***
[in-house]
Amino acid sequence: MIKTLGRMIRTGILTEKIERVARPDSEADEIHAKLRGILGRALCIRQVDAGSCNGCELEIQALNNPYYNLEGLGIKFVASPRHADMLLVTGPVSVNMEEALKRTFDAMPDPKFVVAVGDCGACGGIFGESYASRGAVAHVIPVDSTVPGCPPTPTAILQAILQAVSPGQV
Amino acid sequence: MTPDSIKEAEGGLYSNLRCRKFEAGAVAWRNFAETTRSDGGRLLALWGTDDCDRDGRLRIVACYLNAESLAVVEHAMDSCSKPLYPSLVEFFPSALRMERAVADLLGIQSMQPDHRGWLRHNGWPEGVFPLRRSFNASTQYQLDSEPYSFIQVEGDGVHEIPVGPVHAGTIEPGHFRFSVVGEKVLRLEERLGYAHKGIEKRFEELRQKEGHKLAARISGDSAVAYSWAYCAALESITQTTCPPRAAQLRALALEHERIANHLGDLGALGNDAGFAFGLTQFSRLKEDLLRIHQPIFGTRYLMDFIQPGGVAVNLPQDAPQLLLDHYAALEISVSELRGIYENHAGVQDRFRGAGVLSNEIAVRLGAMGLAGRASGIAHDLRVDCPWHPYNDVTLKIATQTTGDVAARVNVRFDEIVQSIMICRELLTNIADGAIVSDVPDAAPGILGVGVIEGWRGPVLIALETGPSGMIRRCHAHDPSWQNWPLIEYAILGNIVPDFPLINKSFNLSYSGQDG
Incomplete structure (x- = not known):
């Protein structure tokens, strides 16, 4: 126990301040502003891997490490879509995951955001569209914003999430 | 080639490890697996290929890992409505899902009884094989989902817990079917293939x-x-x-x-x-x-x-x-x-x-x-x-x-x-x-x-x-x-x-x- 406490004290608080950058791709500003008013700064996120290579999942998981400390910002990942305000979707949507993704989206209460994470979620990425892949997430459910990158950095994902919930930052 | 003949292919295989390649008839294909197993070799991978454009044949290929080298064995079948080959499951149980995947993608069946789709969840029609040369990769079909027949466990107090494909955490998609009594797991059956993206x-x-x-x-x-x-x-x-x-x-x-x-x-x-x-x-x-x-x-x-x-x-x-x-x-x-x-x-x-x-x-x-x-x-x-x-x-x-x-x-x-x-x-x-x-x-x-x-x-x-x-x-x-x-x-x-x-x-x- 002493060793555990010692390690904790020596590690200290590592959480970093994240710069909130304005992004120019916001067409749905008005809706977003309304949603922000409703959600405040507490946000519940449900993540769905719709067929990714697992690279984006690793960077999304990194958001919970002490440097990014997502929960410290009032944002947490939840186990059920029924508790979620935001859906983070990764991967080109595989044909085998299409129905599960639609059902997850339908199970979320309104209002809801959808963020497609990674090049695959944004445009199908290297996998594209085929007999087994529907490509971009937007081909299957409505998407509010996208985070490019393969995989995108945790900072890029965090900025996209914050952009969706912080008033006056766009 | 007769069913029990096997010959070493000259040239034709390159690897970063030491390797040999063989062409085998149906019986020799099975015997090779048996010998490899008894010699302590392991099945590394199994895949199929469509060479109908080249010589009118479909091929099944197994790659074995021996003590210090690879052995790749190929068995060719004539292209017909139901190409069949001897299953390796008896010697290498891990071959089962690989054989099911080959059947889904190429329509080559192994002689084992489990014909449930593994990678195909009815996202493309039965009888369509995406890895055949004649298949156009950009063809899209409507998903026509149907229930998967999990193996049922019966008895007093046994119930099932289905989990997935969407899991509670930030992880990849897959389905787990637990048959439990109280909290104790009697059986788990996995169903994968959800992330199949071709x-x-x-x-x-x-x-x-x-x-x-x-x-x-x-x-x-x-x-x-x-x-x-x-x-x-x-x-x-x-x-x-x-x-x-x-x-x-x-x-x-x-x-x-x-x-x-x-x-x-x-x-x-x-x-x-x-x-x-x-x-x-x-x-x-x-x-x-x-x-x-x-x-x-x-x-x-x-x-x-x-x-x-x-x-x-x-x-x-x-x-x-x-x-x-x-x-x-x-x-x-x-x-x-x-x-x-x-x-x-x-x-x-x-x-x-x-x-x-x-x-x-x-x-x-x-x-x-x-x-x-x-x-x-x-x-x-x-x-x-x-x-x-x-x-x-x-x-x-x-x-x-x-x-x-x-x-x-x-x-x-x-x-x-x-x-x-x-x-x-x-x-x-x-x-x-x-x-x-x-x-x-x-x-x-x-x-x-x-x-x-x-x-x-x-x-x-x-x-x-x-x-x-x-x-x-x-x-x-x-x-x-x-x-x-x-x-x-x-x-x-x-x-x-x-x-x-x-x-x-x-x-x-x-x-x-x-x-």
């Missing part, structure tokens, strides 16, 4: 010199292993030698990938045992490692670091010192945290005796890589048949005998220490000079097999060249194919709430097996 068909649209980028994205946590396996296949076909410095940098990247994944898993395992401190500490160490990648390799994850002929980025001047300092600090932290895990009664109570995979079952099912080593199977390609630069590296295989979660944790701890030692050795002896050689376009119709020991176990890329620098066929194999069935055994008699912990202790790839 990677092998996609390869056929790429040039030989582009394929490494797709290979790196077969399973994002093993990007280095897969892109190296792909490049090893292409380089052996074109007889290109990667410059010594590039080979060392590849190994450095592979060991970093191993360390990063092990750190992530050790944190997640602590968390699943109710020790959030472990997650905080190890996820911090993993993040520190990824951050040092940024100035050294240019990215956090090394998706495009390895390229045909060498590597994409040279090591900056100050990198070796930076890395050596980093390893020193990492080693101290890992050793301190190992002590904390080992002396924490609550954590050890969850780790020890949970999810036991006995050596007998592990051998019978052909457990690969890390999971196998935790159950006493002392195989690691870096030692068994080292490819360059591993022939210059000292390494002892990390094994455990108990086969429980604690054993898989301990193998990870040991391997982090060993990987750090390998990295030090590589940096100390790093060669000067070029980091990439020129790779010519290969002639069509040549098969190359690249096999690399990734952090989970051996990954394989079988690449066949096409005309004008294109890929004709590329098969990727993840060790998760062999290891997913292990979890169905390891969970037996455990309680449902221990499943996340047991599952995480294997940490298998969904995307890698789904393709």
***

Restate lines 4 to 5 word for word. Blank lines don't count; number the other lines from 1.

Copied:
Incomplete structure (x- = not known):
């Protein structure tokens, strides 16, 4: 126990301040502003891997490490879509995951955001569209914003999430 | 080639490890697996290929890992409505899902009884094989989902817990079917293939x-x-x-x-x-x-x-x-x-x-x-x-x-x-x-x-x-x-x-x- 406490004290608080950058791709500003008013700064996120290579999942998981400390910002990942305000979707949507993704989206209460994470979620990425892949997430459910990158950095994902919930930052 | 003949292919295989390649008839294909197993070799991978454009044949290929080298064995079948080959499951149980995947993608069946789709969840029609040369990769079909027949466990107090494909955490998609009594797991059956993206x-x-x-x-x-x-x-x-x-x-x-x-x-x-x-x-x-x-x-x-x-x-x-x-x-x-x-x-x-x-x-x-x-x-x-x-x-x-x-x-x-x-x-x-x-x-x-x-x-x-x-x-x-x-x-x-x-x-x- 002493060793555990010692390690904790020596590690200290590592959480970093994240710069909130304005992004120019916001067409749905008005809706977003309304949603922000409703959600405040507490946000519940449900993540769905719709067929990714697992690279984006690793960077999304990194958001919970002490440097990014997502929960410290009032944002947490939840186990059920029924508790979620935001859906983070990764991967080109595989044909085998299409129905599960639609059902997850339908199970979320309104209002809801959808963020497609990674090049695959944004445009199908290297996998594209085929007999087994529907490509971009937007081909299957409505998407509010996208985070490019393969995989995108945790900072890029965090900025996209914050952009969706912080008033006056766009 | 007769069913029990096997010959070493000259040239034709390159690897970063030491390797040999063989062409085998149906019986020799099975015997090779048996010998490899008894010699302590392991099945590394199994895949199929469509060479109908080249010589009118479909091929099944197994790659074995021996003590210090690879052995790749190929068995060719004539292209017909139901190409069949001897299953390796008896010697290498891990071959089962690989054989099911080959059947889904190429329509080559192994002689084992489990014909449930593994990678195909009815996202493309039965009888369509995406890895055949004649298949156009950009063809899209409507998903026509149907229930998967999990193996049922019966008895007093046994119930099932289905989990997935969407899991509670930030992880990849897959389905787990637990048959439990109280909290104790009697059986788990996995169903994968959800992330199949071709x-x-x-x-x-x-x-x-x-x-x-x-x-x-x-x-x-x-x-x-x-x-x-x-x-x-x-x-x-x-x-x-x-x-x-x-x-x-x-x-x-x-x-x-x-x-x-x-x-x-x-x-x-x-x-x-x-x-x-x-x-x-x-x-x-x-x-x-x-x-x-x-x-x-x-x-x-x-x-x-x-x-x-x-x-x-x-x-x-x-x-x-x-x-x-x-x-x-x-x-x-x-x-x-x-x-x-x-x-x-x-x-x-x-x-x-x-x-x-x-x-x-x-x-x-x-x-x-x-x-x-x-x-x-x-x-x-x-x-x-x-x-x-x-x-x-x-x-x-x-x-x-x-x-x-x-x-x-x-x-x-x-x-x-x-x-x-x-x-x-x-x-x-x-x-x-x-x-x-x-x-x-x-x-x-x-x-x-x-x-x-x-x-x-x-x-x-x-x-x-x-x-x-x-x-x-x-x-x-x-x-x-x-x-x-x-x-x-x-x-x-x-x-x-x-x-x-x-x-x-x-x-x-x-x-x-x-x-």